The movie, “Minority Report” gave the world its first glimpse at interactive gesture-based computing, as imagined 54 years in the future. Based on “Do Androids Dream of Electric Sheep” by legendary science fiction writer Philip K. Dick, the movie creates a future where crimes are predicted before they happen, using an incredibly-advanced computer system. The interactivity of the computer is controlled by a special set of gloves and allows the user to manipulate, organize and visualize data in three dimensions. In the year 2000, it seemed like that type of technology was well beyond our reach. Cell phones were only just getting color screens and cameras were still add-ons. There was no iPhone, no iPad and operating systems were still somewhat primitive, visually speaking. Only twelve years later, technology has surpassed “Minority Report.”
Leap, a startup that formed in 2010, has introduced the world the to Motion and it’s clear that the future is now. The Motion is a small USB device that is not much larger than a thumb drive that will allow a user to interact over various computing platforms in three dimensions. The motions that we’re used to, with the iPhone and other touchscreen devices, can be used in three dimensions. Pinch to zoom… use an index finger to scroll… rotate. It’s everything from the “Minority Report” and more. The fine level of control is more akin to that seen in 2010’s “Iron Man 2.”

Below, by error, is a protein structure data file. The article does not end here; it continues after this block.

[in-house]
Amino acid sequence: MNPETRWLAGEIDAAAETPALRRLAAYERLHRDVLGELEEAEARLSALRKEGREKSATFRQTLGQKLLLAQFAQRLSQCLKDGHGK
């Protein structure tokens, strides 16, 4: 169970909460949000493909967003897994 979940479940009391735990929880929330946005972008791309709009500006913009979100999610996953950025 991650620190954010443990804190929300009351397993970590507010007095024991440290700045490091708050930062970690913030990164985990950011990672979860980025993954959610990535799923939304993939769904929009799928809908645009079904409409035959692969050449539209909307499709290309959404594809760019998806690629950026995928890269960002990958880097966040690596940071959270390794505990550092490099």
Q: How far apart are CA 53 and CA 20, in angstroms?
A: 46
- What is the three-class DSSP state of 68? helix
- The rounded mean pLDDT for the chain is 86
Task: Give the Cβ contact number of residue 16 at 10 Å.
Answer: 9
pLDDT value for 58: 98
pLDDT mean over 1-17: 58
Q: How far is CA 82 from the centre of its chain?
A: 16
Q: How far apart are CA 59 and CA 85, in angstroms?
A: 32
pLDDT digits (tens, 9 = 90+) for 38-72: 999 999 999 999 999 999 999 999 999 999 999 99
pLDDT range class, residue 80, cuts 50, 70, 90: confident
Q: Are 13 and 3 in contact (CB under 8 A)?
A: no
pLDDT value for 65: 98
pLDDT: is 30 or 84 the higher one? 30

At first, the device will only be compatible with Windows and OSX, but the developers plan to make it accessible to other platforms in the future. They’re making the programming open, so that anyone can develop and write applications for the device, although it’s shown in the video using existing programs and games. Unlike the Microsoft Kinect, which was outdated the moment it was released, the Motion can track motion at 100 times greater accuracy, 0.01mm to be exact. In the world of industrial design, the device could be used to draw, modify, and visualize 3D models. In the world of medicine, it could help to advance the use of 3D imaging and with the right integration, computer controlled surgery. A surgeon, assisted by robotic tools, could operate in spaces never fathomed before, as if his hands were actually inside the body of a patient. Architecturally speaking, building and information-wise, it will be possible to visualize and view date sets that, before, would be mind boggling on paper. The possibilities are endless.